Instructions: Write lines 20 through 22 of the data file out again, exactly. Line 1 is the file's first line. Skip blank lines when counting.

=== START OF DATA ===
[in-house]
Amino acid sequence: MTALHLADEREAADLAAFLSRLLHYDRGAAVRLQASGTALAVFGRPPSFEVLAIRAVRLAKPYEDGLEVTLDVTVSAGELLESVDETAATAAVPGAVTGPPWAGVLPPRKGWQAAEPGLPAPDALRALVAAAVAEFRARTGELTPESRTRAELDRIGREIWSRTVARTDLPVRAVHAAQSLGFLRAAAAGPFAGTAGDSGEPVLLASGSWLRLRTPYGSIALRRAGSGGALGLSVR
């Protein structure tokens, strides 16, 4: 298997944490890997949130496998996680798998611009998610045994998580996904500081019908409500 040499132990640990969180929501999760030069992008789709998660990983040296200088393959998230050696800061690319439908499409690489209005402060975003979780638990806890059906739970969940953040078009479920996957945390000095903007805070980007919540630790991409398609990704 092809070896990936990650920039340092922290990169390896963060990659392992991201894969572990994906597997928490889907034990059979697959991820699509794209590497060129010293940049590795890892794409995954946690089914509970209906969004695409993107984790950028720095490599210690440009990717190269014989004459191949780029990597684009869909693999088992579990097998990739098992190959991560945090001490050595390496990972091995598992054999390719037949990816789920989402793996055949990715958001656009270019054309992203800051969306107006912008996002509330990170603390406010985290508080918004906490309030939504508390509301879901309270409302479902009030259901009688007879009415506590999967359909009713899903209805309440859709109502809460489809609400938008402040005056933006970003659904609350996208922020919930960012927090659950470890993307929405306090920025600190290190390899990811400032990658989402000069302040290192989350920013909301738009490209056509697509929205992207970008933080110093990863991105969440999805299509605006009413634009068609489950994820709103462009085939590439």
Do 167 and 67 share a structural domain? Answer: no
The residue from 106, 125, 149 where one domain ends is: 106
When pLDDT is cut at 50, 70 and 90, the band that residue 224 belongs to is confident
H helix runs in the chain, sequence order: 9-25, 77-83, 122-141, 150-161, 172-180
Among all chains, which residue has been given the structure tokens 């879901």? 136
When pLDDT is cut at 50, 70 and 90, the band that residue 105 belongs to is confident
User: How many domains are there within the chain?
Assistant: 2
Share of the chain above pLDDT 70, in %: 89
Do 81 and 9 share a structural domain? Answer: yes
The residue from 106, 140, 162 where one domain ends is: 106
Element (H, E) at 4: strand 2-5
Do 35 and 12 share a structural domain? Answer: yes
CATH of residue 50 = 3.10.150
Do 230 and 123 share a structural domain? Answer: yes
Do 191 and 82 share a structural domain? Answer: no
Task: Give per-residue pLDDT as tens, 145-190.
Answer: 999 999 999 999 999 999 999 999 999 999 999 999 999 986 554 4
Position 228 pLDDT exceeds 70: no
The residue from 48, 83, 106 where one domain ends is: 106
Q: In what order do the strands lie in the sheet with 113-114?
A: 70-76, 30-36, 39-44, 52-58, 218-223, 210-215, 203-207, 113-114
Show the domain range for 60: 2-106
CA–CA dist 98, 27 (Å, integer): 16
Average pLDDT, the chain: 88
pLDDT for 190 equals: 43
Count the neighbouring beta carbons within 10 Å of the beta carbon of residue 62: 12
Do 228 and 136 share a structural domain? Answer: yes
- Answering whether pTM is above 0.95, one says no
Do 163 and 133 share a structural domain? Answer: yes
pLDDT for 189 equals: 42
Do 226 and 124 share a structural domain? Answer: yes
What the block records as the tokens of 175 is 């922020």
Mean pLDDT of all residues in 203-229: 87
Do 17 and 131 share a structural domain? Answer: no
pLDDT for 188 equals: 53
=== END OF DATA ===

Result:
Task: Give per-residue pLDDT as tens, 145-190.
Answer: 999 999 999 999 999 999 999 999 999 999 999 999 999 986 554 4
Position 228 pLDDT exceeds 70: no